This week’s Silent Witness gives us a good old fashioned prison conspiracy headily infused with multiple narrative levels, emotional blackmail and vicious brutality, as well as a brilliant rendering of a classic mystery-story attribute that is harder and harder to achieve convincingly nowadays: a culprit that you never suspect for one second.
When a semi-intoxicated Leo stumbles upon a dying prison inspector, he starts to uncover the whole murderous mess that got her killed in the first place. The suspicious death of a child murderer at the disreputable Redhill prison, his suspiciously-helpful sister, the dirt-spattered service record of gratuitously violent prison guard Daniel Kessler (Leo Gregory) and an overconfident DI who seems just a bit too eager to look the other way all create a sinister silence on the subject of the prison that is eventually shattered into a million pieces by disembodied screams of indignation as to what is actually happening inside its walls. While immersing himself in these issues surrounding the prison system, Leo tries harder and harder to ignore his own feeling of being a nomad in the composition of his own life, a feeling that gives him a perpetual aura of bursting at the seams with emotions too complicated to classify. Each separate thread of this complex tapestry is perfectly singled out and incorporated into the sprawling whole with great skill by screenwriter Ed Whitmore in what I would not hesitate to call the best episode this season.
Leo Gregory is the undisputed star of the show as prison guard Kessler: a towering and utterly repulsive screen presence, his mad unpredictability, threats and usually horrific outbursts of violence embodying this show’s characteristic ability to use the threats and sounds of violence to create an atmosphere that is infinitely more horrible than an actual portrayal of the violence itself could ever be. His character, however, also gets to spend a lot of time perpetrating this violence as well as threatening it, so expect a considerable assault on both your nerves and your retinae. Gregory’s ability to make an audience avert its face along with a character is truly impressive, and this capacity to get right into an audience’s space will no doubt serve him well on whatever material he sinks his teeth into in future.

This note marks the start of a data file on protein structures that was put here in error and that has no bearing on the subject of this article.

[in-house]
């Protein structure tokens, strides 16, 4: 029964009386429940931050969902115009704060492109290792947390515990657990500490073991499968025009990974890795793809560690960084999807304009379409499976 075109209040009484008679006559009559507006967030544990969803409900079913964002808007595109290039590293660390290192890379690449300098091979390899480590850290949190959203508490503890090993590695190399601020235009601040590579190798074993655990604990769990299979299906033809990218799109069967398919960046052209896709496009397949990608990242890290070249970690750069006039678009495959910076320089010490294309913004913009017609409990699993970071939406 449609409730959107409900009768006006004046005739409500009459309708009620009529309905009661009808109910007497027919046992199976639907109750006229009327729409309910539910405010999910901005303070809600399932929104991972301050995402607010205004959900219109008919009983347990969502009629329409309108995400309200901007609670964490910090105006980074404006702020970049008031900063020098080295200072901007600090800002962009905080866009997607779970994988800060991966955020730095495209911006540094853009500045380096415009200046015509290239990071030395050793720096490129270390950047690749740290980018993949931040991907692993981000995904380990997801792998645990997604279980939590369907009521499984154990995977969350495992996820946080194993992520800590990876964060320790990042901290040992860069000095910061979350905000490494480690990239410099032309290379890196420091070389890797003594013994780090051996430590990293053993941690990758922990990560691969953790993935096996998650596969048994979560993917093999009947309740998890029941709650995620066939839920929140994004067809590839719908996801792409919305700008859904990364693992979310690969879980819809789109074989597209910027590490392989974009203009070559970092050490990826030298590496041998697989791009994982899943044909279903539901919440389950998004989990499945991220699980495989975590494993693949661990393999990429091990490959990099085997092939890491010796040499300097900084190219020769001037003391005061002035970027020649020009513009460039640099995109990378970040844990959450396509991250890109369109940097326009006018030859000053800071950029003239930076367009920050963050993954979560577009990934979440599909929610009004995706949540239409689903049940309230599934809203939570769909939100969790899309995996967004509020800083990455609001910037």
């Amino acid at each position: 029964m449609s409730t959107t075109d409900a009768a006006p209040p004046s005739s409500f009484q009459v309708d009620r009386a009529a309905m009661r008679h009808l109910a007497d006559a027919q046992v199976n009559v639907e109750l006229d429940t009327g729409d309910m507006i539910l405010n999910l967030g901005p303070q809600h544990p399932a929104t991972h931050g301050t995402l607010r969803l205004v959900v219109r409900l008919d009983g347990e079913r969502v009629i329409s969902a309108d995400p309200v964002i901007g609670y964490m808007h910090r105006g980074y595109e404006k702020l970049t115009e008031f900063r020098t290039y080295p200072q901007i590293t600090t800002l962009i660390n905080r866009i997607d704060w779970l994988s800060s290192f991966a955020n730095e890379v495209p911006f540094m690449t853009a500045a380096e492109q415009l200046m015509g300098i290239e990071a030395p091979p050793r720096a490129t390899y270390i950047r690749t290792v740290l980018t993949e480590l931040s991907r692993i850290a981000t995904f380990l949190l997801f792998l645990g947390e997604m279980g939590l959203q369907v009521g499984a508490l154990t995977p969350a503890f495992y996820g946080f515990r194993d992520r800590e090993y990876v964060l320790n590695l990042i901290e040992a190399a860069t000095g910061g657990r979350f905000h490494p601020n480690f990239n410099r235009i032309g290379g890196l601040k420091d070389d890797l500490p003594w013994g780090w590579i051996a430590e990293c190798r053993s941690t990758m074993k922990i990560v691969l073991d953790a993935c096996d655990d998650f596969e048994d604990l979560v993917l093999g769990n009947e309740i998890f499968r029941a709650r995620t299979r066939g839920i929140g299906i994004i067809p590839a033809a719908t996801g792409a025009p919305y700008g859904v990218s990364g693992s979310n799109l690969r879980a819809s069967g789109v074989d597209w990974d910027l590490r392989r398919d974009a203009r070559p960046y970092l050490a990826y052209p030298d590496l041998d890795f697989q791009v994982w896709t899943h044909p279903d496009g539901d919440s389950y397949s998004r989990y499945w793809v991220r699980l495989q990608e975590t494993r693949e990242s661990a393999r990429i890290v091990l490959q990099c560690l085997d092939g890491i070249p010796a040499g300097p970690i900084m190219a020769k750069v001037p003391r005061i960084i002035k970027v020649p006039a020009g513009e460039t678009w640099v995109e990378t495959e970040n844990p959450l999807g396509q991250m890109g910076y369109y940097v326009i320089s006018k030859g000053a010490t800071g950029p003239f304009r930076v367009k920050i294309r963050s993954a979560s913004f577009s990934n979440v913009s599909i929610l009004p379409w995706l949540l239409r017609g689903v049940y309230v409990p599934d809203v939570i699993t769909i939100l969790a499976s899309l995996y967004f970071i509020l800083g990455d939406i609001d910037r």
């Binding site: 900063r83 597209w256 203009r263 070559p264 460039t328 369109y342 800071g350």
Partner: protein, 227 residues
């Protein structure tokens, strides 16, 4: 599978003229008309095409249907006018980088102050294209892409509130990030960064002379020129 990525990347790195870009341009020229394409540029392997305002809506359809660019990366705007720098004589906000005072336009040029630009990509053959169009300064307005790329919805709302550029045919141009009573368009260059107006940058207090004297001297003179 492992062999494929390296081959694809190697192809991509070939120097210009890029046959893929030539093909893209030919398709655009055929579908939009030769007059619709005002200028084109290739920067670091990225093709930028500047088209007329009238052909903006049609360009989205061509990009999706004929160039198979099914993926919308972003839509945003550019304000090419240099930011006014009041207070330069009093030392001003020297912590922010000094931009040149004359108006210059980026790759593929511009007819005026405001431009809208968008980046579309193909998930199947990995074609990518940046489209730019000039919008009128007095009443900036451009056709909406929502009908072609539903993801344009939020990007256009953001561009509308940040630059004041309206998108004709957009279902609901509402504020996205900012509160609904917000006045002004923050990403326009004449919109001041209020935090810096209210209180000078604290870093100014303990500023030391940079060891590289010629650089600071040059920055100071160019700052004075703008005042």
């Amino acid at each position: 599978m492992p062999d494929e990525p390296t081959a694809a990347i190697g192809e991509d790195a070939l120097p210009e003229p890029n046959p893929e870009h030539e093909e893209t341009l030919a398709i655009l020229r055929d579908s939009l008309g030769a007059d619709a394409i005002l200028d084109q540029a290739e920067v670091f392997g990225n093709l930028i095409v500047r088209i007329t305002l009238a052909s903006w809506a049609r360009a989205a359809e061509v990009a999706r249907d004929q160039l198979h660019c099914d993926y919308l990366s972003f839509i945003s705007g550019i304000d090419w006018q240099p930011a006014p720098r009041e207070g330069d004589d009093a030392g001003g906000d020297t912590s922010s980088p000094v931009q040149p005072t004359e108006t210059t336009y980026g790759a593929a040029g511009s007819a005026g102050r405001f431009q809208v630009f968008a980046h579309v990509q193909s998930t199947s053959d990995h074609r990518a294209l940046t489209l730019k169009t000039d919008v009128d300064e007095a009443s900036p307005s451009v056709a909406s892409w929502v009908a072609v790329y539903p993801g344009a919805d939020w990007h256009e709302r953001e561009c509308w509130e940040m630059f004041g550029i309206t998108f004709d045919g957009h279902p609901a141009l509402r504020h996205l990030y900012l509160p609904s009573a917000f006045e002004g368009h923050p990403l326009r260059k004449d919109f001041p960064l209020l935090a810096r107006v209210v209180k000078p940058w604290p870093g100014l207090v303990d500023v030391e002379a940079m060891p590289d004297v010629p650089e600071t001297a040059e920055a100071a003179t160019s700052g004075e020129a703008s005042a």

This episode also gives William Gaminara a chance to make Leo the most interesting that he ever gets without you wanting to punch the stuffiness out of him, and his statement to his partner Janet at the end of the episode, ‘I just don’t live here anymore,’ is a moving and evocative statement as to Leo’s feelings regarding his place in the world. In the course of season 15, he’s become more and more unpredictable, but it is in this episode more than any other that we truly witness a vision of a man who has seen too much and has finally given up. His life ended with the lives of his wife and child, and I think that in this episode, he realises that in spite of all his efforts, he’s not getting it back. The police aren’t going to arrive faster; criminals aren’t going to stop murdering women and children; and the world is never going to be just. We’ll just have to see where this realisation takes him; if anywhere.
Beautifully and disturbingly filmed, well-acted and even more brilliantly written, Redhill is physical and emotional violence incarnate; an original, perfectly-structured, fresh and new spin on a very old, yet eternally relevant question.
It has come to my attention that the idiots at BBC Entertainment seem to be screening this season of Silent Witness in the wrong order. The episode numbers in my review titles will therefore not correspond with official episode lists.